Characters Have a Mind of Their Own

Character creation and development are probably among the most important basic tools for any fiction writer. When I create people I wonder how to make them real in all aspects. It is difficult to create good characters based on stereotypes or with second hand knowledge. What I mean is that it helps to get to know others and what they deal with. Get as close to first-hand knowledge as you can get.

In order to do that, you have to have good relationships.

Taking the time in your life to participate in deep relationships with other people cannot be underestimated in your ability to later create and develop believable characters. If all of your relationships only amount to acquaintances your writing will probably suffer. There are so many surface friendships these days that rob us of the benefit of good writing. It is difficult to get to know closed people. But it is worth it to try. You may find great inspiration that way. And more importantly; you may find incredible friendships.

There are some amazing writers who have deep relationships in their lives. You can tell who they are. They write about it. They are in touch with it. They seem to write dialog from our own lives. They can draw us right into the story and make us part of it because the characters are like someone we know. The theme and the plot may even become just a backdrop to the real story.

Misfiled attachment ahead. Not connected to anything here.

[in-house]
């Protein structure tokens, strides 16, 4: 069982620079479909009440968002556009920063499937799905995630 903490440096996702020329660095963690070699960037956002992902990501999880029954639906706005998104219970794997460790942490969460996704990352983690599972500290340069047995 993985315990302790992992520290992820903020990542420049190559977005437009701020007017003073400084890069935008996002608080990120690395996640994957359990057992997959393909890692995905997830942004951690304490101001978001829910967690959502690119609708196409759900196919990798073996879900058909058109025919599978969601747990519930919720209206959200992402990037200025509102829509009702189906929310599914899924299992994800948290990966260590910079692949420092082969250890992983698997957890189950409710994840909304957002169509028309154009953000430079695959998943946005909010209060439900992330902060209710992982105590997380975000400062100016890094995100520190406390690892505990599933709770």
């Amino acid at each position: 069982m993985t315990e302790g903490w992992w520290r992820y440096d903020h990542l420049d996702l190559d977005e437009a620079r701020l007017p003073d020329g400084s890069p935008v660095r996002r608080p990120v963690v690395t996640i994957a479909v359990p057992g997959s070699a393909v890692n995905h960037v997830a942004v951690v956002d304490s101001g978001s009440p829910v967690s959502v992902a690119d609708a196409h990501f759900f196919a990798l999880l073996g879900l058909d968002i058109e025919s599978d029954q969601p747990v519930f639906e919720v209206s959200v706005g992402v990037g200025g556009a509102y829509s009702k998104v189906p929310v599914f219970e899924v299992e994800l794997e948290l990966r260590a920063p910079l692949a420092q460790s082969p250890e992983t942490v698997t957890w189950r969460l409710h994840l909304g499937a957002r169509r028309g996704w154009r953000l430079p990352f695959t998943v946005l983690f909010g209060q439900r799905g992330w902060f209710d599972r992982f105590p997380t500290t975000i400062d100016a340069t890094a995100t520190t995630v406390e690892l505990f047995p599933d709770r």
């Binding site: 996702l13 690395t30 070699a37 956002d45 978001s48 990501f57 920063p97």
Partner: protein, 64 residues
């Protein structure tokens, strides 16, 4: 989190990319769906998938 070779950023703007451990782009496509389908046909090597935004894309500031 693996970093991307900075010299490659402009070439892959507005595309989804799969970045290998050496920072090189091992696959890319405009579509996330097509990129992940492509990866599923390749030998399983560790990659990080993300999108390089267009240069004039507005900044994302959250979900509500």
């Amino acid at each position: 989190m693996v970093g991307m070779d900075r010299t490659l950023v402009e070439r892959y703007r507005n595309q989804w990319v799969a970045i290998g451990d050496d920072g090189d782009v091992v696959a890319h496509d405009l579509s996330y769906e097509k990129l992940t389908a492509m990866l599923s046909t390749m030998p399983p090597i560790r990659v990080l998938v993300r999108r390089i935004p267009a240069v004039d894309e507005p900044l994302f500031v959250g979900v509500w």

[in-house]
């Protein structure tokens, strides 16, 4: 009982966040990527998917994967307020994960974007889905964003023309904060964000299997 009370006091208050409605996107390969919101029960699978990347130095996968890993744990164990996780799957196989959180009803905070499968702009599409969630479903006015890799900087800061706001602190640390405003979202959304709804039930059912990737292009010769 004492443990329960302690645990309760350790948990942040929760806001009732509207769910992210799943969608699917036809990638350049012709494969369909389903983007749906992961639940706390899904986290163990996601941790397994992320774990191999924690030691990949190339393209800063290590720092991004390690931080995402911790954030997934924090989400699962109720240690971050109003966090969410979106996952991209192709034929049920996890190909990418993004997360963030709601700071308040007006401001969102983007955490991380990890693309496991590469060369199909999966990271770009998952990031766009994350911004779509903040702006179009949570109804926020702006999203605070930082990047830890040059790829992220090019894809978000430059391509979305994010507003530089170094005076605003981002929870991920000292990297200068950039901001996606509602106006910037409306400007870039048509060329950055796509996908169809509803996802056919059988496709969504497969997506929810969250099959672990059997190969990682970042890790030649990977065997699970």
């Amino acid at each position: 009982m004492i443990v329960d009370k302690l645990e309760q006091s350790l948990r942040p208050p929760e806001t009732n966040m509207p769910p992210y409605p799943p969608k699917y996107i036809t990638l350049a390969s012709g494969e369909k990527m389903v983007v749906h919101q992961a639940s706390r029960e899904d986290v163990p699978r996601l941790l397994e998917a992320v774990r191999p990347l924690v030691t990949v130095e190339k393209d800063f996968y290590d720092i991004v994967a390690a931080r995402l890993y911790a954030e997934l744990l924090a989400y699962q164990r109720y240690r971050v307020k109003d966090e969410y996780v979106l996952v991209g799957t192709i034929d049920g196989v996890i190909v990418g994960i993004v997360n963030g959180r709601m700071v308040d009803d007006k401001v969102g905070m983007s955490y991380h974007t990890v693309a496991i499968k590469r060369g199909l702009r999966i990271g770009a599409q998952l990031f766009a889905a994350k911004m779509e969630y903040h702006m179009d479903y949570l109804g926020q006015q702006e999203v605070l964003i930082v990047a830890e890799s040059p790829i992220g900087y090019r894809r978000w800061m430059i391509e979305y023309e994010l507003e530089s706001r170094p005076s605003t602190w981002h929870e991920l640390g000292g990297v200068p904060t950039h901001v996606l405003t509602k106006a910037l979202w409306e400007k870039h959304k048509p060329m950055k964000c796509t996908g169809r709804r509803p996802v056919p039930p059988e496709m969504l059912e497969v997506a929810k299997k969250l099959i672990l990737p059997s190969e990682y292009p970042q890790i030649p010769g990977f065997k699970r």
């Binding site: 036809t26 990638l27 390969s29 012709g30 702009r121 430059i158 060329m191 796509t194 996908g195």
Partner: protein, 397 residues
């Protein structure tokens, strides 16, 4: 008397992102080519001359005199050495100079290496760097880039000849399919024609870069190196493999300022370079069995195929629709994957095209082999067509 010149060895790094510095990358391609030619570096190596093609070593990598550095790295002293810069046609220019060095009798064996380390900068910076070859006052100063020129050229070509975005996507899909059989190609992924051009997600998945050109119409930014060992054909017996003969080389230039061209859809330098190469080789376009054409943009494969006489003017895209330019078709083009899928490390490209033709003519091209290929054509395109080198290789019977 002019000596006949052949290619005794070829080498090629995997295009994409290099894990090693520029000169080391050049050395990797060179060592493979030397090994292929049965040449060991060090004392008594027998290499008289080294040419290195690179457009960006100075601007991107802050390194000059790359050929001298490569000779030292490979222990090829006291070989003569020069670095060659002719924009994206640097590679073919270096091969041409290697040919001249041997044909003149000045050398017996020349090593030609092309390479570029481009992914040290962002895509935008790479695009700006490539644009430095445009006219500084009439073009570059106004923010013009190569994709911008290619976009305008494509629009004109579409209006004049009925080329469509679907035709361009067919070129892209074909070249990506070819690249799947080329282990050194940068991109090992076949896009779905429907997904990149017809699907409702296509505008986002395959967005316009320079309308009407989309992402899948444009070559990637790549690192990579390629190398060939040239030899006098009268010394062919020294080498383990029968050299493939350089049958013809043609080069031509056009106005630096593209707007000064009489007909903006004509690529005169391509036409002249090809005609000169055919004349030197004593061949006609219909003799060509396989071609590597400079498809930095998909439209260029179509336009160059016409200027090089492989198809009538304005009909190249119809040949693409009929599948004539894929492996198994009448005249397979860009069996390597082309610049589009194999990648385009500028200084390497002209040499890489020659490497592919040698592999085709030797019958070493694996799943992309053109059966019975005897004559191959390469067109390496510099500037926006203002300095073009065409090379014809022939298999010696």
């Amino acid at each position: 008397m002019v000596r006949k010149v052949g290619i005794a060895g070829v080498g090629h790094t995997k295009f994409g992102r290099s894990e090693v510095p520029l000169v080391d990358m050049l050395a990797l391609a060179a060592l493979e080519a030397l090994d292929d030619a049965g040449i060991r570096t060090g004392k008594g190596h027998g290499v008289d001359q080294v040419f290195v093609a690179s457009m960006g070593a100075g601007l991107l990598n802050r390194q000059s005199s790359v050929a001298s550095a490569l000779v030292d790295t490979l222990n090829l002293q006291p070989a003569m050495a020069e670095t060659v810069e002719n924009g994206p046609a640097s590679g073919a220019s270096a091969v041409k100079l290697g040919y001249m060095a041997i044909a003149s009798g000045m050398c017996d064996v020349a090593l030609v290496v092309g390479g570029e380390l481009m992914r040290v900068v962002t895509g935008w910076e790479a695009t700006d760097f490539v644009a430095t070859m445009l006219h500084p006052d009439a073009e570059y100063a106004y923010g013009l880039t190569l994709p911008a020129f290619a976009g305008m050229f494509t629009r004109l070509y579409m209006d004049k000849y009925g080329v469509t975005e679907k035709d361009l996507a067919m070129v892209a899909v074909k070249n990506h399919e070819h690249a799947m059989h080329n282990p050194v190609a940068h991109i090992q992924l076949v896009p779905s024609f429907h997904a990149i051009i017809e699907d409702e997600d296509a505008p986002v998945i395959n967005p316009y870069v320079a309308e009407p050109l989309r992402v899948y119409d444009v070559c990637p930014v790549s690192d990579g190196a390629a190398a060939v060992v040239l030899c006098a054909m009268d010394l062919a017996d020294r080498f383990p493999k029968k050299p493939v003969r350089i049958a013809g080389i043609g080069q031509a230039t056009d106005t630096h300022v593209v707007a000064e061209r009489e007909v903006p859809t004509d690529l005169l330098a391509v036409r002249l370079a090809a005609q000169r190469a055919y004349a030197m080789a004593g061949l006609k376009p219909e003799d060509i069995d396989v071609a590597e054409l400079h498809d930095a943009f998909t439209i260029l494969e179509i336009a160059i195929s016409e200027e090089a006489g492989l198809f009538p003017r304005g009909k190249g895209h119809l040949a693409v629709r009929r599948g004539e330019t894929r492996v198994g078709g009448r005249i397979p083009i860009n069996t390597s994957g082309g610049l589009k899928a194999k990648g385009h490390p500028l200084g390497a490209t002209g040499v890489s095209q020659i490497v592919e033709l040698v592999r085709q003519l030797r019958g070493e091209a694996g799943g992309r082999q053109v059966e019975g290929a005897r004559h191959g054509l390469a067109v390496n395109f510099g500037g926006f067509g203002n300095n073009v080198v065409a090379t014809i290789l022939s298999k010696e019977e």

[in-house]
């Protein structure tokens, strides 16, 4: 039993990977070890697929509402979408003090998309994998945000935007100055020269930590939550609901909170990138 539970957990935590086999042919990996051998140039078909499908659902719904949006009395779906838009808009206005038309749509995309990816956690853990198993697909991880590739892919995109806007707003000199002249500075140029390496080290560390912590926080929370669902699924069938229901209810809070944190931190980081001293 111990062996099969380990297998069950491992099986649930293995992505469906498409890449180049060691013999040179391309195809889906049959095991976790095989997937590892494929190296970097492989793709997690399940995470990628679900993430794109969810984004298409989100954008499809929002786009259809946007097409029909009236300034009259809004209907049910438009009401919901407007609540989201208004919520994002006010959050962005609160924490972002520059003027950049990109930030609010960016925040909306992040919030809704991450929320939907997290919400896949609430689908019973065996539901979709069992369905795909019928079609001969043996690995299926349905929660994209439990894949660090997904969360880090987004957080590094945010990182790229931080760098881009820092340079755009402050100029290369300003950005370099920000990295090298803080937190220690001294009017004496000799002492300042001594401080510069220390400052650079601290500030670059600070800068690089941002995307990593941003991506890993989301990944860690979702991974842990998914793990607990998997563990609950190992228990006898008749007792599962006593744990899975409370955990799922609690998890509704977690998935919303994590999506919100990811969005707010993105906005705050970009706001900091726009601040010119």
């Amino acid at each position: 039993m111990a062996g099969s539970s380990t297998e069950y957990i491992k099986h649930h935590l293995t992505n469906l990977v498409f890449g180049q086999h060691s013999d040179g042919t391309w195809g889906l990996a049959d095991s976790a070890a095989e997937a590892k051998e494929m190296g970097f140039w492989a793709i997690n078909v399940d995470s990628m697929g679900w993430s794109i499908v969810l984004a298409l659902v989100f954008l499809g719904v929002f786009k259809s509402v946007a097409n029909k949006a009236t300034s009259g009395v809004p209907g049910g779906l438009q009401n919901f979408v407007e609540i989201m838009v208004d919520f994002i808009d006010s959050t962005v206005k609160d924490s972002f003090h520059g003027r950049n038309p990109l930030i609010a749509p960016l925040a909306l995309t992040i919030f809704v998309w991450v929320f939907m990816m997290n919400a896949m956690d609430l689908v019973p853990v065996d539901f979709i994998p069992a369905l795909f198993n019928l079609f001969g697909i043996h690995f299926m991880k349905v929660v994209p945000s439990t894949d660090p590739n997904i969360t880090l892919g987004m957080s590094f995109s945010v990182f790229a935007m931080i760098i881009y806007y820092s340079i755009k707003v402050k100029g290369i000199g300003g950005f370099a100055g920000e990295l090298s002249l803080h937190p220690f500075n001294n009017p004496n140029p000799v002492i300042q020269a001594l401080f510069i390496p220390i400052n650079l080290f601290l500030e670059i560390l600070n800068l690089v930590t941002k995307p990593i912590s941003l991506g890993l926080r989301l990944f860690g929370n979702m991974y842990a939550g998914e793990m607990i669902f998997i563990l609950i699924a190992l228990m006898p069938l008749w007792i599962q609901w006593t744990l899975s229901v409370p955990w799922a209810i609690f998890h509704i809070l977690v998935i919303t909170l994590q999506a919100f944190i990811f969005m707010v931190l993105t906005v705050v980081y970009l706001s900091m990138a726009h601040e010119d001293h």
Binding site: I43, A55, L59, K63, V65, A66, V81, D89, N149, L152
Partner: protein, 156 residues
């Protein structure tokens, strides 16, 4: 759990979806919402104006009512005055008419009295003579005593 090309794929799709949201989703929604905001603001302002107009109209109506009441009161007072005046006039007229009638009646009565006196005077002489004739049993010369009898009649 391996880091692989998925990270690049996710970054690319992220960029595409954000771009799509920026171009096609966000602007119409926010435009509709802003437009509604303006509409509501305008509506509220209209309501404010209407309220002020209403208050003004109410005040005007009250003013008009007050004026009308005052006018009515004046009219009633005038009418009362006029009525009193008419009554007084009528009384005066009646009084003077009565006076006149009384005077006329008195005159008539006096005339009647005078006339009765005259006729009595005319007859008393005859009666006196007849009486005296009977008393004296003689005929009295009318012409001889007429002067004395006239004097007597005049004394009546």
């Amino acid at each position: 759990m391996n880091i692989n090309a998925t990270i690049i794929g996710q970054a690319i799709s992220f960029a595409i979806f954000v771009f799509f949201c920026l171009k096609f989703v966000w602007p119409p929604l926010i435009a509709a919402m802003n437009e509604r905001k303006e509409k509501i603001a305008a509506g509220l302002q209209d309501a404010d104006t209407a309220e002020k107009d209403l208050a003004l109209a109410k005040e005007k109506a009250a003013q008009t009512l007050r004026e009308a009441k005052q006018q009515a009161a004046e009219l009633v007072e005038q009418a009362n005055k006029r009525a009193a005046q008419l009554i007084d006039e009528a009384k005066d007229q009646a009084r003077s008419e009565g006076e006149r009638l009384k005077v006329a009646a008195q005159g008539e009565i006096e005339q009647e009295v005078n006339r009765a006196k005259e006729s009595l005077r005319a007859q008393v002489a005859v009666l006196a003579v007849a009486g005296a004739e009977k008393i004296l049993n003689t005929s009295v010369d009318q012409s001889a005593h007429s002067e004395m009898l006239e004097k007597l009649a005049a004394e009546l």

The real story should always be the relationships of the characters.

The way you connect with readers is to draw them into the conversation. Help them to see themselves bantering with your characters and developing right along with them. Then your readers will be invested in what happens because it will feel it is happening to them. That makes it an enjoyable read. Even an ‘action’ book should be filled with an action that leads to character development and back to the action again.

One of my pet peeves is when authors or people in general assign trite labels to others. If an author stereotypes their characters they will fall flat. If you label people you know before you have spent much time with them, that relationship will be non-existent. That may be alright if you intend to make them a secondary character in your story or your life, but remember they are people. They are real on some level. You just didn’t have the opportunity or make the time to find out more.

Many of us play psychiatrist.

It’s a fun hobby we have. We hear clinical terms and read a blurb about them and then we think we are somehow qualified to offer a diagnosis. Don’t diagnose people without a degree and without spending a lot of time with someone. Sometimes we love to speak without our better brain engaged.

Develop all your relationships and all your characters like you care. Even if you aren’t an author, you should consider how you want the story of your life to go. Do you want to race through it with little to no development? Or would you rather it be a good epic filled with deep relationships and great dialogue? How would the story of your life read? Who are the characters in it and how much do you know about them? Develop those relationships. Take time to enjoy your stories.

Take time to enrich your life.

If you are a writer, take inspiration from the relationships in your life. Of course, you need to take parts of your story and plant a seed. Let the ideas grow from it. Develop new and interesting people for your book. Then have conversations with them. Take them out to lunch in your mind and find out who they are. Let them come to life before you even write much about them. Get their view on things. Let them speak their mind. Then let them talk to your other characters and finally to your readers. After all, your characters have a mind of their own. Now you can begin a story.

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